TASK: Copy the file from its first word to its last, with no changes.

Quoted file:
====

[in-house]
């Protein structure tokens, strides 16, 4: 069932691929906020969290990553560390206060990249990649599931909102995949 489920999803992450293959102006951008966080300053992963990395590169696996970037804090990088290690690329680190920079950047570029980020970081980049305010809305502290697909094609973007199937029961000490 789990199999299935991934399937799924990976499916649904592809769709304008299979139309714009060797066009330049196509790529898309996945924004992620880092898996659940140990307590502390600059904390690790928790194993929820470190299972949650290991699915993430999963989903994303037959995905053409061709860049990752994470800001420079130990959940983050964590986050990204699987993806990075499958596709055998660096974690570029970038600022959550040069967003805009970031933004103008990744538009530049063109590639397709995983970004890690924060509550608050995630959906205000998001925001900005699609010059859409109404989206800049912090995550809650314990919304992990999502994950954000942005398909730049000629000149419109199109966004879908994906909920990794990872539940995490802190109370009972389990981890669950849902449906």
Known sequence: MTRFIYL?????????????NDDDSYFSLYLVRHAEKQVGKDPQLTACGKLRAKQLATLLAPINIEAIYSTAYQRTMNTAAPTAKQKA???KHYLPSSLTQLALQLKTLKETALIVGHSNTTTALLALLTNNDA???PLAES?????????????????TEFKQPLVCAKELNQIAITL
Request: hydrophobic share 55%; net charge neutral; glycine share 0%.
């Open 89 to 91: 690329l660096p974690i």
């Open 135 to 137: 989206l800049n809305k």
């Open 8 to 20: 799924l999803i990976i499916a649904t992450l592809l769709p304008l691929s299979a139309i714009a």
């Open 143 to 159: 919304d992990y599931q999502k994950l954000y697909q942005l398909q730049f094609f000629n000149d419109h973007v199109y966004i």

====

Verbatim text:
[in-house]
């Protein structure tokens, strides 16, 4: 069932691929906020969290990553560390206060990249990649599931909102995949 489920999803992450293959102006951008966080300053992963990395590169696996970037804090990088290690690329680190920079950047570029980020970081980049305010809305502290697909094609973007199937029961000490 789990199999299935991934399937799924990976499916649904592809769709304008299979139309714009060797066009330049196509790529898309996945924004992620880092898996659940140990307590502390600059904390690790928790194993929820470190299972949650290991699915993430999963989903994303037959995905053409061709860049990752994470800001420079130990959940983050964590986050990204699987993806990075499958596709055998660096974690570029970038600022959550040069967003805009970031933004103008990744538009530049063109590639397709995983970004890690924060509550608050995630959906205000998001925001900005699609010059859409109404989206800049912090995550809650314990919304992990999502994950954000942005398909730049000629000149419109199109966004879908994906909920990794990872539940995490802190109370009972389990981890669950849902449906």
Known sequence: MTRFIYL?????????????NDDDSYFSLYLVRHAEKQVGKDPQLTACGKLRAKQLATLLAPINIEAIYSTAYQRTMNTAAPTAKQKA???KHYLPSSLTQLALQLKTLKETALIVGHSNTTTALLALLTNNDA???PLAES?????????????????TEFKQPLVCAKELNQIAITL
Request: hydrophobic share 55%; net charge neutral; glycine share 0%.
């Open 89 to 91: 690329l660096p974690i």
């Open 135 to 137: 989206l800049n809305k």
């Open 8 to 20: 799924l999803i990976i499916a649904t992450l592809l769709p304008l691929s299979a139309i714009a």
């Open 143 to 159: 919304d992990y599931q999502k994950l954000y697909q942005l398909q730049f094609f000629n000149d419109h973007v199109y966004i």